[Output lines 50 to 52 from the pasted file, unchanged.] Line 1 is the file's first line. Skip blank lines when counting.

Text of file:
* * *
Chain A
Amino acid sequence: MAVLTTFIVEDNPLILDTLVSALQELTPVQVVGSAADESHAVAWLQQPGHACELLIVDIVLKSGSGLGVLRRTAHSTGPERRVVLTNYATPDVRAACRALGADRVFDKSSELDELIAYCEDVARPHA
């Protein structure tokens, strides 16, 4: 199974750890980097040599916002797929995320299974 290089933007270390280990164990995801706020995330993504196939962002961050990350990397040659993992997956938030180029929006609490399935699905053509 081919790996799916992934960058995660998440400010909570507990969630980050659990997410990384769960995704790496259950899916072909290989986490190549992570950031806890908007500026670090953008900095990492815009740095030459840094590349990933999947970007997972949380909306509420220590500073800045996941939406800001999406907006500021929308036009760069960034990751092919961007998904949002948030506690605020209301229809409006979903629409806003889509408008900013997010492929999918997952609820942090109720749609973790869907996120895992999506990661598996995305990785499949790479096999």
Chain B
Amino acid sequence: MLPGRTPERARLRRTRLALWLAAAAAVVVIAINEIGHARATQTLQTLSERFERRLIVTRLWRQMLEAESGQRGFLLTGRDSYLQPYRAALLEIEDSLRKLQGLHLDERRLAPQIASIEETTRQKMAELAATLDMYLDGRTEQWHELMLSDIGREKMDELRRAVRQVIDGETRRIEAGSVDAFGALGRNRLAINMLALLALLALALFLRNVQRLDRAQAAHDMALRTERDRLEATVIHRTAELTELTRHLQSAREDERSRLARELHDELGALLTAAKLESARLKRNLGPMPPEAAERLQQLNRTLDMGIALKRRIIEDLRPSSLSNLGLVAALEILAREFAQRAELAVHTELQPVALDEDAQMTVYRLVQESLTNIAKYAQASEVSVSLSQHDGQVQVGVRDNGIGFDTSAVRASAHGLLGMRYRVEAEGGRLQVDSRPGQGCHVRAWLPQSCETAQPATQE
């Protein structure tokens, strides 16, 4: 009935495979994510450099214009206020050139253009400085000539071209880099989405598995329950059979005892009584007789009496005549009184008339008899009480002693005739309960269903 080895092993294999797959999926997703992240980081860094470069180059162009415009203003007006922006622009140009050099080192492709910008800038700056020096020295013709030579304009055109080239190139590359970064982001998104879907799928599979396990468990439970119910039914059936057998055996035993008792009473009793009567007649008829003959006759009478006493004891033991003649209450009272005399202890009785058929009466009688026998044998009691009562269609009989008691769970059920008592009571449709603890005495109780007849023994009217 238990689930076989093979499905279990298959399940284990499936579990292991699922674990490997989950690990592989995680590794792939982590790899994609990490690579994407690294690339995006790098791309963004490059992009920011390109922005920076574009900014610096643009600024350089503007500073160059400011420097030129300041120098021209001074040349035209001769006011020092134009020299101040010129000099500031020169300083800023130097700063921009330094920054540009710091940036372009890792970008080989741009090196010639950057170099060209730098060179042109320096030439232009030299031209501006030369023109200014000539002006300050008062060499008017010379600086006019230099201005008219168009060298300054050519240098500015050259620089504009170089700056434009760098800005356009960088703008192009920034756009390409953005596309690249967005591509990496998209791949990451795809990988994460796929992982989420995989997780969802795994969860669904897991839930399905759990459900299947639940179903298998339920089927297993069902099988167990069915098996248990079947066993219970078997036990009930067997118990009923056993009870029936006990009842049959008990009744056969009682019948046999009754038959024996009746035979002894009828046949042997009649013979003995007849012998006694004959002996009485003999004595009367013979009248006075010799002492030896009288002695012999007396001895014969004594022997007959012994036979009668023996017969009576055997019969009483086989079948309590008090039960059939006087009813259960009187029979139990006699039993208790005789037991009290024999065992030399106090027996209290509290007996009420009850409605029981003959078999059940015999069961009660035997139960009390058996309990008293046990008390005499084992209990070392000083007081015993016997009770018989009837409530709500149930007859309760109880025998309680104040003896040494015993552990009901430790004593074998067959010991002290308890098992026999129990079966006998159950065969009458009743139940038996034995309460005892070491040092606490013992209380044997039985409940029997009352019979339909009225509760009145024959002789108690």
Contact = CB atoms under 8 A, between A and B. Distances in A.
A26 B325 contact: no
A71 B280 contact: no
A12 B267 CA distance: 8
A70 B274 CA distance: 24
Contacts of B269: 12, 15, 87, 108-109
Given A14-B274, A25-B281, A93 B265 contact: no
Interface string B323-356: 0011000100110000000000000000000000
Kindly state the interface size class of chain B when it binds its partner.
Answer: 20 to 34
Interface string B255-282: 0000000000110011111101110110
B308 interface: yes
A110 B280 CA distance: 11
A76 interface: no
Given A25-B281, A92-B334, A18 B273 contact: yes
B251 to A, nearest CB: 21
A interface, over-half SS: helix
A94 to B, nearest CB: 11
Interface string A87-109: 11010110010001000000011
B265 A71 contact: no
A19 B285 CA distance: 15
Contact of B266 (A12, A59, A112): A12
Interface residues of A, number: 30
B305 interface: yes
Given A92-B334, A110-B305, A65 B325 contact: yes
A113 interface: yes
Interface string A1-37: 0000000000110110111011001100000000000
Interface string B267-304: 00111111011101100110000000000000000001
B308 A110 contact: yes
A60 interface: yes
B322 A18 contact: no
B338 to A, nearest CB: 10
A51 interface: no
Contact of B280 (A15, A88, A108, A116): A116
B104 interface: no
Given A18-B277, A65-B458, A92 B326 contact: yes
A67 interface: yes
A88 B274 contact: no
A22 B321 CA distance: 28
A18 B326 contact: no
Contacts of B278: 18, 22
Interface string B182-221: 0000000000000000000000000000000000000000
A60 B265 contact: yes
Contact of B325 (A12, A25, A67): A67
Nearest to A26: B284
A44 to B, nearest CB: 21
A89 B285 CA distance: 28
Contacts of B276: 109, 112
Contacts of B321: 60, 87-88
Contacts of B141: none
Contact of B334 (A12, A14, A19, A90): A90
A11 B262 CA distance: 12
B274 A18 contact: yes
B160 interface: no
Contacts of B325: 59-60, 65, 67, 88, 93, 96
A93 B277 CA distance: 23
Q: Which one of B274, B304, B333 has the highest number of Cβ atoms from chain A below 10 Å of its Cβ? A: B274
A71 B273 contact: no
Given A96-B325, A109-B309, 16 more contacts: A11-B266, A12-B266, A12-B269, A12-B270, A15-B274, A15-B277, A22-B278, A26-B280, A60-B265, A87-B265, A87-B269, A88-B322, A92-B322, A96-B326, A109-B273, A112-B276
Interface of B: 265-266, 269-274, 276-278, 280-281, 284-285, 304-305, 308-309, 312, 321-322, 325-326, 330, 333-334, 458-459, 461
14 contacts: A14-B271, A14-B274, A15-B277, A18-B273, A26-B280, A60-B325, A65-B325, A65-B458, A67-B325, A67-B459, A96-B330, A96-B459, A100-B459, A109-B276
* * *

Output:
Contact of B325 (A12, A25, A67): A67
Nearest to A26: B284
A44 to B, nearest CB: 21